Q&A: Don’t Fence Me In

Q I recently bought a new unit in an HOA. I set up a fence in my backyard that management and the board says is too high, but the original developer’s original fences are as tall as the ones I installed. Most of the units still have this length fence. Do I have any recourse to keep the fence as is?

—Private in Princeton

A “It’s impossible to answer this question without reference to the condominium’s documents,” says Clive Martin, an attorney at the law firm of Robinson & Cole in Boston. “What provisions of the master deed or declaration of trust or rules and regulations does the board cite in their notice to you claiming that you have exceeded the allowed fence height?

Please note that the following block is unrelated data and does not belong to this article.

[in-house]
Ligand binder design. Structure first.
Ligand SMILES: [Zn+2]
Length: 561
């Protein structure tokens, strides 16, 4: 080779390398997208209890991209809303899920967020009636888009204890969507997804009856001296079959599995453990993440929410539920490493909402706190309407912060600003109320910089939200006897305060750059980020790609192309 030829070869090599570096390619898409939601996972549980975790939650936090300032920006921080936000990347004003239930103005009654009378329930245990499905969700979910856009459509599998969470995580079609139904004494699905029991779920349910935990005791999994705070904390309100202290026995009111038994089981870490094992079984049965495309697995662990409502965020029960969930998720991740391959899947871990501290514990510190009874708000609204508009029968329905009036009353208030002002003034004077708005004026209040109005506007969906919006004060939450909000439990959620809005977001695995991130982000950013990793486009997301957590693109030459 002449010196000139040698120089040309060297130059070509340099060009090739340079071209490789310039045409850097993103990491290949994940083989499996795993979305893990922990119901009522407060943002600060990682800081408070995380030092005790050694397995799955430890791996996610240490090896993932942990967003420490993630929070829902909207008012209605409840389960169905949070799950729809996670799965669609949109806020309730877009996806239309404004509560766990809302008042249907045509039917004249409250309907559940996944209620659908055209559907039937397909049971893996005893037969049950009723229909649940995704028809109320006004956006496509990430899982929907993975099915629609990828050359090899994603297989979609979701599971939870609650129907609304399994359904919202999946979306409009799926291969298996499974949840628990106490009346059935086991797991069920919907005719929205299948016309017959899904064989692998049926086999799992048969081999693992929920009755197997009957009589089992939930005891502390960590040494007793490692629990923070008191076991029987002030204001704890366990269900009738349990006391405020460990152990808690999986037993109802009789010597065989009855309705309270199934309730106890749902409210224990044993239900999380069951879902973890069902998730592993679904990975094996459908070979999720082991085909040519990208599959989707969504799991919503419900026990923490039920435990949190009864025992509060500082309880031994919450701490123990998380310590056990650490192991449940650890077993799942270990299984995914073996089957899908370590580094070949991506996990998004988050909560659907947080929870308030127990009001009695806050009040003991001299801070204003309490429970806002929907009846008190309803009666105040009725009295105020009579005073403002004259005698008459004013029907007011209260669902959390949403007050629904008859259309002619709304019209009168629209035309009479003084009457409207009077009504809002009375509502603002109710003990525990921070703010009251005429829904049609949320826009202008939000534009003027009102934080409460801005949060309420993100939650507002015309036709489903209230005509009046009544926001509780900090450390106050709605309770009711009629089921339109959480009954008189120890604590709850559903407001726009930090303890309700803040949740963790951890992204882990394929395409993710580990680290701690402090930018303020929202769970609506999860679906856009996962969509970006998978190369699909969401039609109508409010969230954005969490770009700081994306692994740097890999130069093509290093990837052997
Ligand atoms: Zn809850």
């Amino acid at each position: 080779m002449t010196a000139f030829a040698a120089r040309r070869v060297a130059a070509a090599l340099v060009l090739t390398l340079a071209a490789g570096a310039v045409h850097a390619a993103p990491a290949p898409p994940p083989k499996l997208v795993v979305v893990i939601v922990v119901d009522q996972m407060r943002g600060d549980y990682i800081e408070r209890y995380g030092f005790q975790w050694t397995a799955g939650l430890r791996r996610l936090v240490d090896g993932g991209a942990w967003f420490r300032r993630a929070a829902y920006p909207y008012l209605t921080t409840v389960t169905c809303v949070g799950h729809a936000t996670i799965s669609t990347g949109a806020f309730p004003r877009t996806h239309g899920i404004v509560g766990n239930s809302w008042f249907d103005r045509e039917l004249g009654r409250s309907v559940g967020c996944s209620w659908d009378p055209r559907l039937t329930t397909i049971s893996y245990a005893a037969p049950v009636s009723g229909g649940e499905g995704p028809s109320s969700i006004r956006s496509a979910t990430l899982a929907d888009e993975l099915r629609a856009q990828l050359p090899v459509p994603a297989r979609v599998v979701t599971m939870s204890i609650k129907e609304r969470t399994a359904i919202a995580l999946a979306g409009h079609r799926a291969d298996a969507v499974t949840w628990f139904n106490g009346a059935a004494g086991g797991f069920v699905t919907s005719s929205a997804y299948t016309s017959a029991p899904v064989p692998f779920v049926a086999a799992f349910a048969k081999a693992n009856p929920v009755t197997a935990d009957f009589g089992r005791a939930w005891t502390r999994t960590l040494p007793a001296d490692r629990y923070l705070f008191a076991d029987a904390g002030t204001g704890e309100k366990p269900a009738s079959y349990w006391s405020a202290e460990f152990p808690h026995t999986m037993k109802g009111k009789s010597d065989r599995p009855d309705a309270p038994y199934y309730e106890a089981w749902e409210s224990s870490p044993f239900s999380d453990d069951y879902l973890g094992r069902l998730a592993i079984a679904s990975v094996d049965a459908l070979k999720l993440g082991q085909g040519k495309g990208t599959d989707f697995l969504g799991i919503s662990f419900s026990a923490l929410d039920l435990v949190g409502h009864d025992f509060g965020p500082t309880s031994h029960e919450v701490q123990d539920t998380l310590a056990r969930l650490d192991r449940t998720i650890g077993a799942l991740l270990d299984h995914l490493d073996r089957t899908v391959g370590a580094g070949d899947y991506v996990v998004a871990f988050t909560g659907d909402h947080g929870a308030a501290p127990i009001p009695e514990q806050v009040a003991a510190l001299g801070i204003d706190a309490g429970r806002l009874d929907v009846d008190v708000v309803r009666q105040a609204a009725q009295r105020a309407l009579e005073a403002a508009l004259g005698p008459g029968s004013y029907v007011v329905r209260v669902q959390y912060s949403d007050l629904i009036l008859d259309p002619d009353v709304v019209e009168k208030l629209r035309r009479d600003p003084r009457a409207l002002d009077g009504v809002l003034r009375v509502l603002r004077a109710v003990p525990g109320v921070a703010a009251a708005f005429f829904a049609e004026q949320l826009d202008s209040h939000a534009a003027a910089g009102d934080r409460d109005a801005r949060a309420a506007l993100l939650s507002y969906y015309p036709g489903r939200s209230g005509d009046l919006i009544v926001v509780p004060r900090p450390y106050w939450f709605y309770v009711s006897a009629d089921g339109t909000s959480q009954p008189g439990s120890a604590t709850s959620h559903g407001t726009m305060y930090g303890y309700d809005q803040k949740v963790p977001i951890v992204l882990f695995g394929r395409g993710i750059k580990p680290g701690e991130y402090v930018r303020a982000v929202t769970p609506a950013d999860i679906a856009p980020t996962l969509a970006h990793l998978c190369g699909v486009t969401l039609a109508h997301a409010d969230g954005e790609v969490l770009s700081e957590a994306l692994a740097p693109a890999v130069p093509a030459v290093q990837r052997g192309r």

“Is there a rule in the documents controlling fence heights and/or appearances? A provision restricting changes to the architectural integrity of the units? A provision forbidding the construction of new fences, or controlling the materials and/or dimensions of fences? If the board has not cited a specific provision that it says your fence violates, read the condo docs carefully yourself, or go to a lawyer and ask him or her to do so.

“If there is nothing in the condominium documents that controls the height of fences, you can tell the board that until it shows you a relevant provision in the condo docs to justify its position, you will make no changes to your fence. The board is charged with managing the common areas of the condominium according to the terms of the condominium documents, but its authority is rooted in those documents and it cannot act on just a whim.”

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